I love your idea of doing my own study, I'm on mat leave at the moment and also I think my manager would flip if I suggested a week of plastic, but maybe if I do a masters I will try that study!

OP’s posts: |
mrswx Fri 22-Nov-19 15:20:59

I'm not sure of any specific studies but I would recommend looking into
The curiosity approach
Reggio Emilia
Loose part play

It is mainly about stimulating there imagination, curiosity and creativity. Although with plastic containing PVC and phthalates, wooden being more eco-friendly and gender neutral - I'm sure there must be studies somewhere.

thatguiltyfeeling Fri 22-Nov-19 15:27:05

I just searched "curiosity approach studies" into google and it came up with a bit that takes you to scholar google. Have you tried there? I understand the struggle when I did my level 2 (which is probably piss easy compared to what you're doing) I had to find studies to back up what I was writing and it was near impossible sometimes.
If your manager won't let you do this could you try using a different nursery that hasn't yet adopted the approach but is moving more towards it? As you're on maternity leave maybe ask to volunteer for 10 days but spread out a bit but explain why and see if they'd be willing? All the nurseries in my town are more than happy to aid people doing studies even if they aren't studying with them/for them. If you've had baby can you leave them with someone or maybe approach somewhere after baby is born? What's your deadline for this?

thatguiltyfeeling Fri 22-Nov-19 15:58:33 doesn't seem to be a study but maybe can contact them? appears to be from a study from a mother writing an article, seems she studied her child and her friends children? quotes from a manager of a nursery following the curiosity approach speaks of her own experience as part of a study, half an hour may be easier to accomplish like the people conducting this experiment did? this talks about the other side of the coin where it appears children prefer the plastic pros and cons of wood vs plastic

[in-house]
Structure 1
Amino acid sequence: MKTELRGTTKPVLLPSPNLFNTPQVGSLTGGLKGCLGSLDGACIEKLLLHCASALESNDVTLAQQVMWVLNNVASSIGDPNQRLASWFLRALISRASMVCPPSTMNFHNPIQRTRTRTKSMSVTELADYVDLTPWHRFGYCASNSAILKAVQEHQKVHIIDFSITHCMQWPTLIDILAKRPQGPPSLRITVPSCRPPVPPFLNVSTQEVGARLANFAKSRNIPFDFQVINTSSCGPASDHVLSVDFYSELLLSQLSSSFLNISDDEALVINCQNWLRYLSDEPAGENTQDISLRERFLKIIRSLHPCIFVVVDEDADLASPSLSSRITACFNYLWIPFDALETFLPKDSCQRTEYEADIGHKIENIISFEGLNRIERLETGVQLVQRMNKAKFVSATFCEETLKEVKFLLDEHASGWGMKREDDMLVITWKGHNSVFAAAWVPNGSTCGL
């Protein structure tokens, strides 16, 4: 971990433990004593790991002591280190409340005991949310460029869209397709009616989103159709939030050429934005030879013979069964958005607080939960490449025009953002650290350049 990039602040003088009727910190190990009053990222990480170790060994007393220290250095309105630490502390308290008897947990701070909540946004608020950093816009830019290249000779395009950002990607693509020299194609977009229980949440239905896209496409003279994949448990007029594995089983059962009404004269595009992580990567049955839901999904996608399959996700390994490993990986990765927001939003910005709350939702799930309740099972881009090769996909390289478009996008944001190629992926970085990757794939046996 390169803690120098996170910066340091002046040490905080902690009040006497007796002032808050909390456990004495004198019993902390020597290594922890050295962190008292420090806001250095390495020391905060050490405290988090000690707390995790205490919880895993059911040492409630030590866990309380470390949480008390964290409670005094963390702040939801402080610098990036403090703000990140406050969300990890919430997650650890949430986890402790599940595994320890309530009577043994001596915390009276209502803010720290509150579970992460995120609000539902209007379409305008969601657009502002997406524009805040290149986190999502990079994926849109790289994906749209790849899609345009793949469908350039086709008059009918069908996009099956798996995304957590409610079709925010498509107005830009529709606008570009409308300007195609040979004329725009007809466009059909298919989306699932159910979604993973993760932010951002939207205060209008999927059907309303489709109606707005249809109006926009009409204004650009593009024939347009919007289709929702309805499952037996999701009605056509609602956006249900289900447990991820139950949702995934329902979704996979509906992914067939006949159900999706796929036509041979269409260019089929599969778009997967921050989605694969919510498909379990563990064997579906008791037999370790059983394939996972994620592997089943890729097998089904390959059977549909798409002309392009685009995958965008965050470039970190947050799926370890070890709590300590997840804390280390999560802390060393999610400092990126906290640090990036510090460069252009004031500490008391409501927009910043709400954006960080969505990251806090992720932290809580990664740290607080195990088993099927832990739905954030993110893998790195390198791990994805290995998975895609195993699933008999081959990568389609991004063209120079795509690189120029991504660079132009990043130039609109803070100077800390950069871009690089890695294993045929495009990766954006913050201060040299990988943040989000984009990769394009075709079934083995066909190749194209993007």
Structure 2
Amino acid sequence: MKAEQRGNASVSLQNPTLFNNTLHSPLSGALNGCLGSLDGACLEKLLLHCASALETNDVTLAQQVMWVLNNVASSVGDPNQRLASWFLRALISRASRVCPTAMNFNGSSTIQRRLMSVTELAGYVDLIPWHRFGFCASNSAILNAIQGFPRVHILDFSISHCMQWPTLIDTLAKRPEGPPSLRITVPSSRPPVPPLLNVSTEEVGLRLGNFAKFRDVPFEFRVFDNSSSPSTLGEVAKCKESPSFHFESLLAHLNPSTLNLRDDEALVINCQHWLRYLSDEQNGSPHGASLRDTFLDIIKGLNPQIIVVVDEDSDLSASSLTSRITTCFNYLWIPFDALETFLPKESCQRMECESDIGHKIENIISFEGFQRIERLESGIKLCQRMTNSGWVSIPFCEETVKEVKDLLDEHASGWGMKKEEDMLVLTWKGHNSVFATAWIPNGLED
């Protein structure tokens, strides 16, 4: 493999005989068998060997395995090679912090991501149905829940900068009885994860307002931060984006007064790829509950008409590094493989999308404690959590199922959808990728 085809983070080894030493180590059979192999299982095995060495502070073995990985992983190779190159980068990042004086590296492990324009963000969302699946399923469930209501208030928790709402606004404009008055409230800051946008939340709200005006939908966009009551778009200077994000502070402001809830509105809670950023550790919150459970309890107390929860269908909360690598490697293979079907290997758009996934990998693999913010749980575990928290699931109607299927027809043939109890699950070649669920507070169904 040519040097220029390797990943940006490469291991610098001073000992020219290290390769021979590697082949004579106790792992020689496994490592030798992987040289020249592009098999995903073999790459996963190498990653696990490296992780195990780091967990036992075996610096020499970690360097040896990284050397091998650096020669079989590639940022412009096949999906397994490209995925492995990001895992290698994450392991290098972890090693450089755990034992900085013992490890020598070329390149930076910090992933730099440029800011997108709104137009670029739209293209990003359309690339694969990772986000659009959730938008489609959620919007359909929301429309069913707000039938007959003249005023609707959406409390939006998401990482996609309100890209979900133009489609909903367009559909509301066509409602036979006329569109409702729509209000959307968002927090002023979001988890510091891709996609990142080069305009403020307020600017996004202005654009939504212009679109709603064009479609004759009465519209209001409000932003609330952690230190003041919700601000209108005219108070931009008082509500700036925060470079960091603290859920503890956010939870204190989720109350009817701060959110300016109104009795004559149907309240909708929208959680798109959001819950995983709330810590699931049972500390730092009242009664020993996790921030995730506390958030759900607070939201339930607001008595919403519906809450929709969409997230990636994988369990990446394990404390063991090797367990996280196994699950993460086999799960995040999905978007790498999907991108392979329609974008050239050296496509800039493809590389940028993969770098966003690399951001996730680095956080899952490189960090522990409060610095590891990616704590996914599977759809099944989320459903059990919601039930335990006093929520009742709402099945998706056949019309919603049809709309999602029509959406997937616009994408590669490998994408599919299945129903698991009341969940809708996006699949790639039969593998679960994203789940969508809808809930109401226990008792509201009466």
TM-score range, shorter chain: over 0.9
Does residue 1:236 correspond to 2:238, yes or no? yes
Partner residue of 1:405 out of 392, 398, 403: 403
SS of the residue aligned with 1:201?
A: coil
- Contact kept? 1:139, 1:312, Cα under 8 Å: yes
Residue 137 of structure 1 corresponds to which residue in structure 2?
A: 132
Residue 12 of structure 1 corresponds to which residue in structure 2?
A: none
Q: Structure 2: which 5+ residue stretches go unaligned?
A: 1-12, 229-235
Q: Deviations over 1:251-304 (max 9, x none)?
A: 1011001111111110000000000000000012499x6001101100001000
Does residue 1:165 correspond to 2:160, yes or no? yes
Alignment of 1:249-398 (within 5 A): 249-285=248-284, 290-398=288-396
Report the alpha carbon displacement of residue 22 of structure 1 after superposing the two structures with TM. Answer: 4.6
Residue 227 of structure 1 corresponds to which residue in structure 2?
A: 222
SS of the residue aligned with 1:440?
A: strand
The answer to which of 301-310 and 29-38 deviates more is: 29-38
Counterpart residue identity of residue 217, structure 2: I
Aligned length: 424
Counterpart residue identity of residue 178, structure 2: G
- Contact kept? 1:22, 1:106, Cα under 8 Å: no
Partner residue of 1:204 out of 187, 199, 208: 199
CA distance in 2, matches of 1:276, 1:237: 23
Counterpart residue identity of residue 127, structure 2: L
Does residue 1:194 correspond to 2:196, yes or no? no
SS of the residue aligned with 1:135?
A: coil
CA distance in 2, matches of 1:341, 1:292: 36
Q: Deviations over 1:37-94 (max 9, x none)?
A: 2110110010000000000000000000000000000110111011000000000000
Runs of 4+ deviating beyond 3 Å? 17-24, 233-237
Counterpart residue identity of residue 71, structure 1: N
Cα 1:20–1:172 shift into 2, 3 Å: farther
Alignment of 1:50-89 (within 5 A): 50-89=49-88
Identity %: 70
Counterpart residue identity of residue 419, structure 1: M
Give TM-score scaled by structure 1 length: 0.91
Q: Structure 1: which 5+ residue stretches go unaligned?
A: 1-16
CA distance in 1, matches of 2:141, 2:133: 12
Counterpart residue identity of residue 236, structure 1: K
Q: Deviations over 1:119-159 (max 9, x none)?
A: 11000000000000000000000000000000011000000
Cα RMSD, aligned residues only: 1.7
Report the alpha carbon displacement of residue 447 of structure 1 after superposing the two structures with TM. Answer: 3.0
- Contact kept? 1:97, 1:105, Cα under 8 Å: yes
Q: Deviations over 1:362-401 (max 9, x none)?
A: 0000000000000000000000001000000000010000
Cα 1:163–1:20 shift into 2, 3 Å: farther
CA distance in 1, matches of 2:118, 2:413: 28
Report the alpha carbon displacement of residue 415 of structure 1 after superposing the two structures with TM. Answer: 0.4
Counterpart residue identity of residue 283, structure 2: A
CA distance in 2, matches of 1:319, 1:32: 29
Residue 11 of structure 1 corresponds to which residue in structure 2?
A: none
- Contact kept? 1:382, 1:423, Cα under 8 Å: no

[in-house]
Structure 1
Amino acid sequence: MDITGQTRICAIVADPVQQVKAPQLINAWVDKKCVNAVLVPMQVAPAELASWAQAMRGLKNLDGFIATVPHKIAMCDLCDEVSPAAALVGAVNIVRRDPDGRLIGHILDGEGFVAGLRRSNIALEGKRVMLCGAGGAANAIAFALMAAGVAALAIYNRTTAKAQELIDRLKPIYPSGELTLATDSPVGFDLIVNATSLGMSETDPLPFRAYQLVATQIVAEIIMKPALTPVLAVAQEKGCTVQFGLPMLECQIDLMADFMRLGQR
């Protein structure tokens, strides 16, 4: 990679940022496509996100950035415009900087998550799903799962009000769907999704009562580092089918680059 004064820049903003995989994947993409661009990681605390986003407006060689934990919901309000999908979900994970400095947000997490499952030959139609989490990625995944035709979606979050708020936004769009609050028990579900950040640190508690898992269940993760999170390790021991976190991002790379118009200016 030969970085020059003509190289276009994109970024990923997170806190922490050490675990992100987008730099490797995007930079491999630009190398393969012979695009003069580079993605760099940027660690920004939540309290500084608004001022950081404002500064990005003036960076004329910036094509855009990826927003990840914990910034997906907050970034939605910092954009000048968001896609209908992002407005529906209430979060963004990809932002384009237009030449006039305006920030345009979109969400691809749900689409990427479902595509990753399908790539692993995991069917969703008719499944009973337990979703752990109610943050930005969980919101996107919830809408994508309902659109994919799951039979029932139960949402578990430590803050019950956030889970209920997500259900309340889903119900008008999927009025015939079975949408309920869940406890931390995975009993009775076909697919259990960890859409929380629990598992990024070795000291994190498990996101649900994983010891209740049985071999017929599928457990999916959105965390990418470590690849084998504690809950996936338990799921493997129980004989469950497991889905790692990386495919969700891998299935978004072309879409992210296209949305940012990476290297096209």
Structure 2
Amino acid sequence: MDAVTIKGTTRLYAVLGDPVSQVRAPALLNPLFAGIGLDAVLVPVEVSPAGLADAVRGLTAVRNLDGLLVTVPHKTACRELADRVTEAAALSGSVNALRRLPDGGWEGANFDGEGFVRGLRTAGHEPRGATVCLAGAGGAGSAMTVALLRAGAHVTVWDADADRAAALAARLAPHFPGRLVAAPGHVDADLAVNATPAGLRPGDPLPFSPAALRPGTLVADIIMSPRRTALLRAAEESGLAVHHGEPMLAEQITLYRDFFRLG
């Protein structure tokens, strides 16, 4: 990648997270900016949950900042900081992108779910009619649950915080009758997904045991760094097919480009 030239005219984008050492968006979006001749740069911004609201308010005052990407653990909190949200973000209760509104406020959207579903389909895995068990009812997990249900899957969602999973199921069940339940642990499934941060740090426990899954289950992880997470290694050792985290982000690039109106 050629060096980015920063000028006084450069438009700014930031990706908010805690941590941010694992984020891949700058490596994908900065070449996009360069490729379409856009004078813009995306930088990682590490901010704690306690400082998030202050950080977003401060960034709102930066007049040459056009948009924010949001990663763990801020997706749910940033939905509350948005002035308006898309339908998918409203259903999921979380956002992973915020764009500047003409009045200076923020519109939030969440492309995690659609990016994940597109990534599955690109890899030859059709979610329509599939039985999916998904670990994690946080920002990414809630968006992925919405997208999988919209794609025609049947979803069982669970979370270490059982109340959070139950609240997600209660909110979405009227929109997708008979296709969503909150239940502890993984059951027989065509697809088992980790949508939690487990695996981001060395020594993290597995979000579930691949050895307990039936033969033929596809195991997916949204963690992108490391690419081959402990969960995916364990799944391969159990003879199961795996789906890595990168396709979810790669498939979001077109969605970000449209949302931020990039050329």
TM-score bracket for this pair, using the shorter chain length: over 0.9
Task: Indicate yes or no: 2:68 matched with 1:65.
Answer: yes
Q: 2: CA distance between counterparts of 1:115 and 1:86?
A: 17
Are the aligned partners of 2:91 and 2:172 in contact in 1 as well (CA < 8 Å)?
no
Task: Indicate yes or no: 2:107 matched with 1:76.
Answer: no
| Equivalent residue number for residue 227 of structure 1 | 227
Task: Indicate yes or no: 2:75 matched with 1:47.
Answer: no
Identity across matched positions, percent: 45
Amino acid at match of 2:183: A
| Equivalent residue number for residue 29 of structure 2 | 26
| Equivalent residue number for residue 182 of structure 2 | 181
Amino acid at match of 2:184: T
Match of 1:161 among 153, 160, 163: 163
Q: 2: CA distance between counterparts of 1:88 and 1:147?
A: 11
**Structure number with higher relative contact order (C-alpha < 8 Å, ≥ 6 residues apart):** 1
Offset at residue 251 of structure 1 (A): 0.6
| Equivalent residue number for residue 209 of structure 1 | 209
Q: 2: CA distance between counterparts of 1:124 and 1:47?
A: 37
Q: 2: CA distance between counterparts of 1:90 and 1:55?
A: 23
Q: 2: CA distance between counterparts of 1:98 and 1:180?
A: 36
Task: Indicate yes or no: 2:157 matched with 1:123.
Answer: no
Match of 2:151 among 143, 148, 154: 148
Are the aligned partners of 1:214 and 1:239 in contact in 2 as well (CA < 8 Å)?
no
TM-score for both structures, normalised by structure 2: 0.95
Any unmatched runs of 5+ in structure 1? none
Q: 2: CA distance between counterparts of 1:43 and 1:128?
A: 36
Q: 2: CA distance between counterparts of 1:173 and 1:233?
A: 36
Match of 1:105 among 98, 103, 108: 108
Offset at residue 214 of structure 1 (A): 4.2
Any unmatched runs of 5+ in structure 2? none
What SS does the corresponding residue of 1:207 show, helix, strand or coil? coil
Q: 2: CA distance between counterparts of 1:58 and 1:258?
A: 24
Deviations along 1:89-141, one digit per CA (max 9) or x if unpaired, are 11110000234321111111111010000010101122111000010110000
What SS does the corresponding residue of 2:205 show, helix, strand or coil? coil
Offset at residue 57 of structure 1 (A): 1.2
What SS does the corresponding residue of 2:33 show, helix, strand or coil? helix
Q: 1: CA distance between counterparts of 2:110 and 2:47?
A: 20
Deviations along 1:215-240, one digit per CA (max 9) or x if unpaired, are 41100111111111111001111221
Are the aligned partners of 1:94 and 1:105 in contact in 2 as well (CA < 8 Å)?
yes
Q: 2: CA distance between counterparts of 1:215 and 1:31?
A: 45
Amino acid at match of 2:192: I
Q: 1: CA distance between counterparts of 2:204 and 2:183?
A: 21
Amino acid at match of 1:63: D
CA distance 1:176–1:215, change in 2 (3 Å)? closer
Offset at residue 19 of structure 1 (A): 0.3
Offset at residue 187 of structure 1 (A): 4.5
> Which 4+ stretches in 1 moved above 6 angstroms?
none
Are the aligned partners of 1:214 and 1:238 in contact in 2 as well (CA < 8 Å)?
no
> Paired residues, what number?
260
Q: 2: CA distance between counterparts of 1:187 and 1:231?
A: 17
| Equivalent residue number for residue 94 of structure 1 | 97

Justjoinedforthis Fri 22-Nov-19 18:26:39

thanks so much will have a read!

OP’s posts: |
Thefaceofboe Fri 22-Nov-19 20:13:04

What about the pre school who swapped all plastic toys for everyday items and the children got asked which they wanted to keep and they said everyday items. Google it it’s a good read

Tumbleweed101 Mon 25-Nov-19 09:12:19

I think the move is more about moving from plastic one use only toys ie a plastic car can only be that - to natural and everyday materials that can be anything if you use your imagination. Also to get them handling real items not just plastic play versions.

I don’t think plastic colourful toys are necessarily bad - there were studies once that said colour stimulated brain growth!

Personally I think a mix of both works well. Those plastic dumper trucks mixed with natural loose parts like conkers and pine cones and sticks were a hit with some of the children I work with, for example. It’s about balancing the resources for the children in that cohort and making sure they get lots of outdoor and real, everyday experiences too.

Fandabydosey Sun 08-Dec-19 16:23:53

Try looking through forest school stuff. I am sure there will be something there. Also a lady called Amanda Jarmin has written a book on quiet spaces for early years settings. I can't remember the name of the book. Try going down the speech and language route too that may help xx